Machu Picchu unusually quiet due to coronavirus spread, guards remain at Inca citadel

14:17 | Cusco (Cusco region), Mar. 24

The Machu Picchu Archaeological Park looks quiet amid the novel coronavirus (COVID-19) outbreak, unlike the bustling environment seen before the start of the mandatory 15-day social isolation decreed by the Government in order to prevent the spread of this pandemic.

Only the steps of Culture Ministry workers, who are responsible for the surveillance, security and maintenance of Machu Picchu, are heard at the Inca monument.

The guards are native to Cusco. They reside in Machu Picchu Town but —despite the mandatory social isolation— remain in the archaeological park to protect the cultural and tourist attraction. They are distributed over an area of more than 37,000 ha.

According to Jose Bastante, head of the Machu Picchu Archaeological Park, the monument and Inca Trail are closed since the state of emergency started. 

Visitors were banned from entering these areas; besides, security and protection measures were adopted since the first day.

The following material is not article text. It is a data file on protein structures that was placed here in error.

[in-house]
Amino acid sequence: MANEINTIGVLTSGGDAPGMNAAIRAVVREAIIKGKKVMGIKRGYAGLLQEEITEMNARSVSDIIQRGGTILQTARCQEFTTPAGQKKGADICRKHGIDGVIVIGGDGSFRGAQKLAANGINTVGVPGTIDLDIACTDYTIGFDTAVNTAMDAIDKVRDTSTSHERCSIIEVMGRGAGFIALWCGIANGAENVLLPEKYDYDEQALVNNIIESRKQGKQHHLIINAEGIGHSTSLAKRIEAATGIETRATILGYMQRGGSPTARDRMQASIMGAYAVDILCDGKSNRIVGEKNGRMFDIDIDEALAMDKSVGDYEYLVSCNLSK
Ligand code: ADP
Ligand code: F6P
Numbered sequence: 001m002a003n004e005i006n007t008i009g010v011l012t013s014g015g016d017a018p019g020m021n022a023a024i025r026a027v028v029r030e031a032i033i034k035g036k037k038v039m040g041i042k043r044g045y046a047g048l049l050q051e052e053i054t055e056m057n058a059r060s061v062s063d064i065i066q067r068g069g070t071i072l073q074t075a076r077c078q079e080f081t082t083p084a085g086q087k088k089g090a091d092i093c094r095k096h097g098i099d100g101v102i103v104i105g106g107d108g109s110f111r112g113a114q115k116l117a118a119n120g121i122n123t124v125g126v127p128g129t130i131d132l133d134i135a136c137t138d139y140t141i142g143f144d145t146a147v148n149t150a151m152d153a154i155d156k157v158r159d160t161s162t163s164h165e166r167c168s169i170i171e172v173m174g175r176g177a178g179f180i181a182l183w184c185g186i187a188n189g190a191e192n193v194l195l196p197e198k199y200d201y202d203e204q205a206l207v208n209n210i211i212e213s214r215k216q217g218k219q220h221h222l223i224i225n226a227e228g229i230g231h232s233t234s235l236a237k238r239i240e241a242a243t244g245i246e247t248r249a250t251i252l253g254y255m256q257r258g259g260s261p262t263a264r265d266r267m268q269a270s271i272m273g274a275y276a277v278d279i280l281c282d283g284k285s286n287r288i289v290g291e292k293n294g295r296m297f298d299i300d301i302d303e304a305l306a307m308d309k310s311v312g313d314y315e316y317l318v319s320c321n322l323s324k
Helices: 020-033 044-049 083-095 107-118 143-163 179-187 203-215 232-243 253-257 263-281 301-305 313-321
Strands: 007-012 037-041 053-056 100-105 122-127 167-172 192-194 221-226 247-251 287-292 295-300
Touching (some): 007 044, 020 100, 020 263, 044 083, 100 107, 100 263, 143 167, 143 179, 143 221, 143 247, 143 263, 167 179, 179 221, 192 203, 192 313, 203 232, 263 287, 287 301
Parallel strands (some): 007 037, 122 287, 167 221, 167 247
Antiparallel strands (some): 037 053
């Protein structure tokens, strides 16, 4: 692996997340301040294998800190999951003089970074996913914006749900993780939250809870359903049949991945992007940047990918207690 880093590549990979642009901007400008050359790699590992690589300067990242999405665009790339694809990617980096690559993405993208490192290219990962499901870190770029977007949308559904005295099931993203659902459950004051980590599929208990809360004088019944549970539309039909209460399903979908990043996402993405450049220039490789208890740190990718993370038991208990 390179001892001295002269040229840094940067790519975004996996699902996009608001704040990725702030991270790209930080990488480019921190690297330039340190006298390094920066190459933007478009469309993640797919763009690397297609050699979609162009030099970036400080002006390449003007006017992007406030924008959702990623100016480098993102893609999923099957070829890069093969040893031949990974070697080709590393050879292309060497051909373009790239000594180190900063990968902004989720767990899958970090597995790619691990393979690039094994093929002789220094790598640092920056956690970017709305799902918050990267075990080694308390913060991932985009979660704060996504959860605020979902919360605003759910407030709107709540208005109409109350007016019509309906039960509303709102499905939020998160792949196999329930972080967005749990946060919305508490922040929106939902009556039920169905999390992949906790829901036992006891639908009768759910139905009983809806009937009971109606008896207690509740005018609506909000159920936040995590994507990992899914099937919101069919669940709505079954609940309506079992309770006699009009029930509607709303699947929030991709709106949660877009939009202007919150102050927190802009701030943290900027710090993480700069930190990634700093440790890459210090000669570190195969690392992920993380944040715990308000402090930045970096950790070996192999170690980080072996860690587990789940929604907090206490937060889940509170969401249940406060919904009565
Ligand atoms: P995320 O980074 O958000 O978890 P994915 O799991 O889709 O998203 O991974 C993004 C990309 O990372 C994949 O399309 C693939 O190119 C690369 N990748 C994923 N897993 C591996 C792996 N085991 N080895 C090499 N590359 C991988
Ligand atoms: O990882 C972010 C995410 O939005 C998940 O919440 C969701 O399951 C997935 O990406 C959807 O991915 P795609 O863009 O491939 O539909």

Machu Picchu is Peru's main tourist destination. It receives more than 4,000 visitors a day, and most of them are foreign tourists.

However, the llaqta or citadel, as well as the entire park, could not be left unprotected. "There are checkpoints that cannot be abandoned for security reasons and maintenance due to rains," he stressed.

The stay and rotation of the staff will be in accordance with the Government's decision made at the end of the state of emergency or its prolongation; their food and stay is being covered by the Ministry of Culture.


Both foreign and domestic tourists who arrived in the first hours of the emergency were not admitted to the site and received a refund for their tickets. In some cases, the tickets were rescheduled.


Published: 3/24/2020
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